The Flap Over Fifi

When it comes to speaking and writing French, a non-native journalist can never relax, not even if she’s trying to score a few comic points. The comments elicited by “The Frenchwoman Fraud: C’est Fini, Fifi” in the December 5, 2012, issue of The New York Times confirm what I have long feared: If you’re going to pipe up in French or about France, you’d better be sure your grammar is beyond reproach. Of the 21 comments posted, a dozen were ready to shoot Joyce Wadler on sight for such infractions as spelling errors, insensitivity to cultural nuance, and “a completely silly and fictitious notion of national identity (American vs. French), which doesn’t ever exist in reality.” The reader then went on to declare Wadler unworthy of employment at The New York Times.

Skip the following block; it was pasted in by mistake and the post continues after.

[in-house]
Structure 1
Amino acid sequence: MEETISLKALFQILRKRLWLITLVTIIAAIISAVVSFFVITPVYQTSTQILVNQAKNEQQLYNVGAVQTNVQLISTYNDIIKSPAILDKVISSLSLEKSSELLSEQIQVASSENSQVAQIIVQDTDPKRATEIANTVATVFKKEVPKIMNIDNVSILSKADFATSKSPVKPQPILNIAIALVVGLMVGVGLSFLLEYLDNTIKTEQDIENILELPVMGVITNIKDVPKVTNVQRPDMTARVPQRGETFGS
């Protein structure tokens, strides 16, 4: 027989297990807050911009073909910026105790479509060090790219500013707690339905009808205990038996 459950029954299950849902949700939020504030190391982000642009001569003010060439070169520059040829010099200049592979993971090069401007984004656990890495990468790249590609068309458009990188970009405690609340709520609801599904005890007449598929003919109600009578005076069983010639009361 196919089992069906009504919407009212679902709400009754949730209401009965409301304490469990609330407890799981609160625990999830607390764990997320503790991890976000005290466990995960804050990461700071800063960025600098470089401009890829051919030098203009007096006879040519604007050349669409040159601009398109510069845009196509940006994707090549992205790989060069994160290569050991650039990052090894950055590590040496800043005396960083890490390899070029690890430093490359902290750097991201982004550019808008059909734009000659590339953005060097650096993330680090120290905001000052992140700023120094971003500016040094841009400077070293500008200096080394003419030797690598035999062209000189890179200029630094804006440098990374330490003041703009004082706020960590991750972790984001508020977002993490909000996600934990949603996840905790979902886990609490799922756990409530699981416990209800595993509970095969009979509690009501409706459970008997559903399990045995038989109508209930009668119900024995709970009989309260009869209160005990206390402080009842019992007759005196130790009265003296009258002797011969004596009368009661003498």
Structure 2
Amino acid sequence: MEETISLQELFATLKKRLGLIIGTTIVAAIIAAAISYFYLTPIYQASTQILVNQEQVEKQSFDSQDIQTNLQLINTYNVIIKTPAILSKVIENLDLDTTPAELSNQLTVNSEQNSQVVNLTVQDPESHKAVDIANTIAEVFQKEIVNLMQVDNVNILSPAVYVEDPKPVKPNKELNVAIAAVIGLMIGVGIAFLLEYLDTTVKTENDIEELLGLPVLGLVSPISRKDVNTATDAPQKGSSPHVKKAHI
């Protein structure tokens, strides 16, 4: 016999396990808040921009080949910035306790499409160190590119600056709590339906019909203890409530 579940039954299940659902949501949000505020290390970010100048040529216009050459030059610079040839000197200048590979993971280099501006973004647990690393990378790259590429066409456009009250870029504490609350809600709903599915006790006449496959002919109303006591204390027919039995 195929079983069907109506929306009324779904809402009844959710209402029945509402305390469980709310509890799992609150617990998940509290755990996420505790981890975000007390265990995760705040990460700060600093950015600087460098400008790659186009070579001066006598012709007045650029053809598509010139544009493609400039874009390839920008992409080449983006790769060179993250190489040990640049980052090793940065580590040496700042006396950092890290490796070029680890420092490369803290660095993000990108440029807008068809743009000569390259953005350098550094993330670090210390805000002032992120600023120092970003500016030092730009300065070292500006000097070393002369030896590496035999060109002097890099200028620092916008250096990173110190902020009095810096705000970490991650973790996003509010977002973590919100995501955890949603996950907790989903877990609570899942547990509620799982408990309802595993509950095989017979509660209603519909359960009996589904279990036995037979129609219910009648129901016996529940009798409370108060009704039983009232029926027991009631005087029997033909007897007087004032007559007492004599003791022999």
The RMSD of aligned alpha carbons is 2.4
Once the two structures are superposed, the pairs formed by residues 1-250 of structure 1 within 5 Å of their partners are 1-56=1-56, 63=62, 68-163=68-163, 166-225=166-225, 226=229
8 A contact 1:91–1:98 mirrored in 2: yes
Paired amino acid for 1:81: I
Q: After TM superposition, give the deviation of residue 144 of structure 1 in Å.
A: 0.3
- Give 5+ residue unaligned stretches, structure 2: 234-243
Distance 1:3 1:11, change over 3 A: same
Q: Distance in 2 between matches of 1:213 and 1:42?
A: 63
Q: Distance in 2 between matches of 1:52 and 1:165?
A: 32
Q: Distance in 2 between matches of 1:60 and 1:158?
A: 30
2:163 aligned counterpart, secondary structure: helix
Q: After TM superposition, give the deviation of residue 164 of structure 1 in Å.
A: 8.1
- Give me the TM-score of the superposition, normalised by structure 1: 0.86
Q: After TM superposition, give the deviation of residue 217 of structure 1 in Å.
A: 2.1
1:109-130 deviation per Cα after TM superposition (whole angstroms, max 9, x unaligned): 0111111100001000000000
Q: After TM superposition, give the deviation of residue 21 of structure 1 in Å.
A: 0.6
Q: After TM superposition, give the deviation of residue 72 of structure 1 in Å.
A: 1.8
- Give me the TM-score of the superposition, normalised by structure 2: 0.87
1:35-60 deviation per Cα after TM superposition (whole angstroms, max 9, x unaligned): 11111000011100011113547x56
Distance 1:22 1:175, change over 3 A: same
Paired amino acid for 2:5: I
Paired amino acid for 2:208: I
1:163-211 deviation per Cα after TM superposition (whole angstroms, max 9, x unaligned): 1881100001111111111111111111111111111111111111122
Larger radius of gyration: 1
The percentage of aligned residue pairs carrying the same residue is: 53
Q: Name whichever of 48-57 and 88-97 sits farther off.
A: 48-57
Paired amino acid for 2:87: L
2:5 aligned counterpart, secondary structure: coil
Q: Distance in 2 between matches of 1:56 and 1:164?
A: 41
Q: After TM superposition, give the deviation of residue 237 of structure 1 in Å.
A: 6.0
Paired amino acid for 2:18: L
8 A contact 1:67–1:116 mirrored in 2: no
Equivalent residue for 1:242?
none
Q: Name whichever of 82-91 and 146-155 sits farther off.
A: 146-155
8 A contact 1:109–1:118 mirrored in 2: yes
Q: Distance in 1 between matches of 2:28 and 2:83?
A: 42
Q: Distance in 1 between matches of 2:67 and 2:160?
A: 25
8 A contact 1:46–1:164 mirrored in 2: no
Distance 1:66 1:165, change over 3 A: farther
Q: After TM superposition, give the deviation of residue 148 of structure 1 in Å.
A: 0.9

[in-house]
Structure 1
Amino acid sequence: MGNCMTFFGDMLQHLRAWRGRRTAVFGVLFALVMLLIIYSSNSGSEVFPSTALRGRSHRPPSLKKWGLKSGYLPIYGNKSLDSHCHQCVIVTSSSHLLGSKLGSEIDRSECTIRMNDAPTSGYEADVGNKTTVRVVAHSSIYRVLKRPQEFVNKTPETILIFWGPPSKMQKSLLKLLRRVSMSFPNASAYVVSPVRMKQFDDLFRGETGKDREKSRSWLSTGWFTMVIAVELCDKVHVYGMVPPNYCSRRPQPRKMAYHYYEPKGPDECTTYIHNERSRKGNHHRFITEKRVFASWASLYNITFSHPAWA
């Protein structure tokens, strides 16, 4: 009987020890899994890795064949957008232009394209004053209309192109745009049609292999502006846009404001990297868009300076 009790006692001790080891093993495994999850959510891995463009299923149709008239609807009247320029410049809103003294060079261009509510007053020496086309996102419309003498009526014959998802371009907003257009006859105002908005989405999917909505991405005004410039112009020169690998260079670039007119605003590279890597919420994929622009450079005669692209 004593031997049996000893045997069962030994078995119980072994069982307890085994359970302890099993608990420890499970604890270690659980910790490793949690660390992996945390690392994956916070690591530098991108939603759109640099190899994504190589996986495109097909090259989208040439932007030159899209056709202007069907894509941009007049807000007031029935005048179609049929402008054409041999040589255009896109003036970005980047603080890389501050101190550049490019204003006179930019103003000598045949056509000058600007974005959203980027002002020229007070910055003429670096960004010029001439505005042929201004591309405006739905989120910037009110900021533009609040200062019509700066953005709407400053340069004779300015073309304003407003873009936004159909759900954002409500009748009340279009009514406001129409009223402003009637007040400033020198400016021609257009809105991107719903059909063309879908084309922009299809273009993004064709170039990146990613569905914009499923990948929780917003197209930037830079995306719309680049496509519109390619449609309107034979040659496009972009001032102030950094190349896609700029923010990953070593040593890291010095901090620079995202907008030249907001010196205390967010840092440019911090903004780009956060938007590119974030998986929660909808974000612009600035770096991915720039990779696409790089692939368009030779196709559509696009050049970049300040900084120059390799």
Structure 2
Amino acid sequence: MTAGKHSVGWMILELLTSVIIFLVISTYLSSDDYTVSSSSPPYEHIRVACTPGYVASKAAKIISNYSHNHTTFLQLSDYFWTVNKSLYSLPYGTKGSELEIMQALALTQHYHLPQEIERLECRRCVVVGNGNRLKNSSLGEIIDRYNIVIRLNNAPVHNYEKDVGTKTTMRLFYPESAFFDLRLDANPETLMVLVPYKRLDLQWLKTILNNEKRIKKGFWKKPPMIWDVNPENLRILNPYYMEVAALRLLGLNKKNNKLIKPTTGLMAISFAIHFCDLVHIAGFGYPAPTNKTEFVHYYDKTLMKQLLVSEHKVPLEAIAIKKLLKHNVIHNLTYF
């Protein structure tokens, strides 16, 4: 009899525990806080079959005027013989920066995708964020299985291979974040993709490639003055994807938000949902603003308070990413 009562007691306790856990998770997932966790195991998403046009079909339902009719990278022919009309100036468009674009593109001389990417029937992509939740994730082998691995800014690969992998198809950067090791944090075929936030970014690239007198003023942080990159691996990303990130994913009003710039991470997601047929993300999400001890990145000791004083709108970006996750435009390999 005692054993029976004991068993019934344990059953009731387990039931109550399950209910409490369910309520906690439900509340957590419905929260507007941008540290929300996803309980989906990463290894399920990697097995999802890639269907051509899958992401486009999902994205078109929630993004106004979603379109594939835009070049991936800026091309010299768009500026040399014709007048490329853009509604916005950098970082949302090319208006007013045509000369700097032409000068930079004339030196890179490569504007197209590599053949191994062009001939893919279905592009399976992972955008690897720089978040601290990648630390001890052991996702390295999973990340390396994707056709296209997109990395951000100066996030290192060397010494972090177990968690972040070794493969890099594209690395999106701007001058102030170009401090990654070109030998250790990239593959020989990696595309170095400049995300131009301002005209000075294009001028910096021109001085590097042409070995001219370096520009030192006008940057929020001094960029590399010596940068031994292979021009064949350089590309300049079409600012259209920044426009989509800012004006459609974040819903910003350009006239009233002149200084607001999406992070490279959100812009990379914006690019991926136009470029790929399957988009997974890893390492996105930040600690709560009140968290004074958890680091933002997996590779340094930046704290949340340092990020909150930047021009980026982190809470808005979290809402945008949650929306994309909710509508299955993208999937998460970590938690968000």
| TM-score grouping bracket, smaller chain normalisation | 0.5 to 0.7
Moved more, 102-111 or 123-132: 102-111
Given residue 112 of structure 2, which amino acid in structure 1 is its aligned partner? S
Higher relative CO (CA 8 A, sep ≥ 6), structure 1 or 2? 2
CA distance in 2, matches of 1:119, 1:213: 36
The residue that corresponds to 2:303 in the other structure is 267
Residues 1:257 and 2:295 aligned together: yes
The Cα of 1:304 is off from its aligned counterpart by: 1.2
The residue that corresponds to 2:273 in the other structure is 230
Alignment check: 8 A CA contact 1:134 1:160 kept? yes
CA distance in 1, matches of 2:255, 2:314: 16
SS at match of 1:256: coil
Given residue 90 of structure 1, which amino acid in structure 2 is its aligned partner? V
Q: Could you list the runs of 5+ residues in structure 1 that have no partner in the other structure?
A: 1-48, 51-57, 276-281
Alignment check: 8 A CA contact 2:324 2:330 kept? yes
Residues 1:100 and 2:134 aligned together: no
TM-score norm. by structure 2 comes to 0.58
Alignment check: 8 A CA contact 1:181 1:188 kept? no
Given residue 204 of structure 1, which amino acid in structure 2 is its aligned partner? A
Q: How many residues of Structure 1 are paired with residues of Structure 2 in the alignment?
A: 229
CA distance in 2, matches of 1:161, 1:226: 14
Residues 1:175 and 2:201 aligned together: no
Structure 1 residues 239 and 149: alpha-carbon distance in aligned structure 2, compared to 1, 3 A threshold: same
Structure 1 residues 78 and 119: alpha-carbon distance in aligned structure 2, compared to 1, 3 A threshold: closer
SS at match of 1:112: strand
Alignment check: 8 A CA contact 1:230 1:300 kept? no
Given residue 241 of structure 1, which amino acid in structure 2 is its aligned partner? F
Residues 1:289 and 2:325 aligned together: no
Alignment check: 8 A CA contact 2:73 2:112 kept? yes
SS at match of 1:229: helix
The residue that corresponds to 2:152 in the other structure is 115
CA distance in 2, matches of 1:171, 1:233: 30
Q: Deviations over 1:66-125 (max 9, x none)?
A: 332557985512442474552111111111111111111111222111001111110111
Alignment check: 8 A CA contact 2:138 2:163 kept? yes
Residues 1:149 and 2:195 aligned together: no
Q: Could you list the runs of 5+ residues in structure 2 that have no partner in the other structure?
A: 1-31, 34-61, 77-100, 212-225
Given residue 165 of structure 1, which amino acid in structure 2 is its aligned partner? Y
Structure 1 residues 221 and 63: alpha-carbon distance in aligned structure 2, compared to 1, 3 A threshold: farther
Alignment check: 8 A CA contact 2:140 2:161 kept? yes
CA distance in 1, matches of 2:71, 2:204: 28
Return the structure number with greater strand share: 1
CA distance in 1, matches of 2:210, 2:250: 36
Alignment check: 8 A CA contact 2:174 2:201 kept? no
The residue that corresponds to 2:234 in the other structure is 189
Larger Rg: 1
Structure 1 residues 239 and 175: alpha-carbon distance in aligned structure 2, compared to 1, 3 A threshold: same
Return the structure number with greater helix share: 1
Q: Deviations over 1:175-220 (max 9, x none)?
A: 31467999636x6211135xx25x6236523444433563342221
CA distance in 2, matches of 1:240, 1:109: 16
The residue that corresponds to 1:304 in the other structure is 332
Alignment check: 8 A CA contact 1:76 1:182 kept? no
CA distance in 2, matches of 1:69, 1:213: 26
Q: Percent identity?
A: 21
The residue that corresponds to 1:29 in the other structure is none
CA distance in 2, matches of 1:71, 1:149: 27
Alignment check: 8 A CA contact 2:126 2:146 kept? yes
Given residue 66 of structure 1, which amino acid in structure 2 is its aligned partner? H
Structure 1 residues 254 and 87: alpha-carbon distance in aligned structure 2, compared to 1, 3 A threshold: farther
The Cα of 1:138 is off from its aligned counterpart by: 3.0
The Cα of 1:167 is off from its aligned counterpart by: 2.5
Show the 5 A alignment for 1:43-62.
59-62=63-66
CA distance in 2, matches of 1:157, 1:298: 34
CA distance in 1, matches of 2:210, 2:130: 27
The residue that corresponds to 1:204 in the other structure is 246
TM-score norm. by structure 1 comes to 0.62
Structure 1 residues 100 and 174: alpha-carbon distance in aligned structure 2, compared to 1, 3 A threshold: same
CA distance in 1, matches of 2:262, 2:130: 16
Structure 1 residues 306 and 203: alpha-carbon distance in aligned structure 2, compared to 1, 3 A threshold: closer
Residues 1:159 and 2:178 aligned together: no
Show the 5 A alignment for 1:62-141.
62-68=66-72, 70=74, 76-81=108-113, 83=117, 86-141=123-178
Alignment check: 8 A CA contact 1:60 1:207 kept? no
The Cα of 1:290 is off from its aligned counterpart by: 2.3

Not everyone was hostile to the apparently playful intentions of the writer. Some readers understood that she was aiming to get some mileage out of American admiration for French women, their refusal to get fat or raise disrespectful children all the while maintaining an impeccable sense of style. Wadler is reported in Mediabistro to have accepted a buyout package from The New York Times to pursue her own work. It would be overkill to suggest a connection between her article and this bit of news, but it does make a chronic student of French resolve to work harder on l’orthographe.


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